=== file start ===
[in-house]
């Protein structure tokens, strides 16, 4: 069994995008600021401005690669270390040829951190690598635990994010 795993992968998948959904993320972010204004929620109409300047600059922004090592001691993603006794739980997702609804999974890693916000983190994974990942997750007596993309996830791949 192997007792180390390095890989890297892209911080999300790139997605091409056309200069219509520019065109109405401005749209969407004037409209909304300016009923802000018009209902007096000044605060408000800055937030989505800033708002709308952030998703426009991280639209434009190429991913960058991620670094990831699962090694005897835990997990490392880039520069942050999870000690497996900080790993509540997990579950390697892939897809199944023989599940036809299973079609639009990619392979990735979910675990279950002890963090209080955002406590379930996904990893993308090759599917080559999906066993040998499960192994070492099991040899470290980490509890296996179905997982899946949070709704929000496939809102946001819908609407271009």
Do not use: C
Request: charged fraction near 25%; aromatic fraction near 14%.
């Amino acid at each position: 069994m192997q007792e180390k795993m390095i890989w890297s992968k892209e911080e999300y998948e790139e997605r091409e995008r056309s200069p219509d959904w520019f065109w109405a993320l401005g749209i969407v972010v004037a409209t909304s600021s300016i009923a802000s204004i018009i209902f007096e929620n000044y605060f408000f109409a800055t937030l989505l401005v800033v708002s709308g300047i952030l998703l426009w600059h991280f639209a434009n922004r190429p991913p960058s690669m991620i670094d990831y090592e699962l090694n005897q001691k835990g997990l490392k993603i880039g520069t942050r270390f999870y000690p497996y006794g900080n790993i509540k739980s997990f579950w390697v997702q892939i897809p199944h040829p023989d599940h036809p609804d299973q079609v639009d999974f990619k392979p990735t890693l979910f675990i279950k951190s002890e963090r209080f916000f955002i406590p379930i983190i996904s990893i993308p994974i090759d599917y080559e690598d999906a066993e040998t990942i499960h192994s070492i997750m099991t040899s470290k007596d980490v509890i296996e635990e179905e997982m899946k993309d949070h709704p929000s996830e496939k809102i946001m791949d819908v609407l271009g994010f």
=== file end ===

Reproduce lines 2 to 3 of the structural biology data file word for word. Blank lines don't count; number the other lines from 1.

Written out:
């Protein structure tokens, strides 16, 4: 069994995008600021401005690669270390040829951190690598635990994010 795993992968998948959904993320972010204004929620109409300047600059922004090592001691993603006794739980997702609804999974890693916000983190994974990942997750007596993309996830791949 192997007792180390390095890989890297892209911080999300790139997605091409056309200069219509520019065109109405401005749209969407004037409209909304300016009923802000018009209902007096000044605060408000800055937030989505800033708002709308952030998703426009991280639209434009190429991913960058991620670094990831699962090694005897835990997990490392880039520069942050999870000690497996900080790993509540997990579950390697892939897809199944023989599940036809299973079609639009990619392979990735979910675990279950002890963090209080955002406590379930996904990893993308090759599917080559999906066993040998499960192994070492099991040899470290980490509890296996179905997982899946949070709704929000496939809102946001819908609407271009």
Do not use: C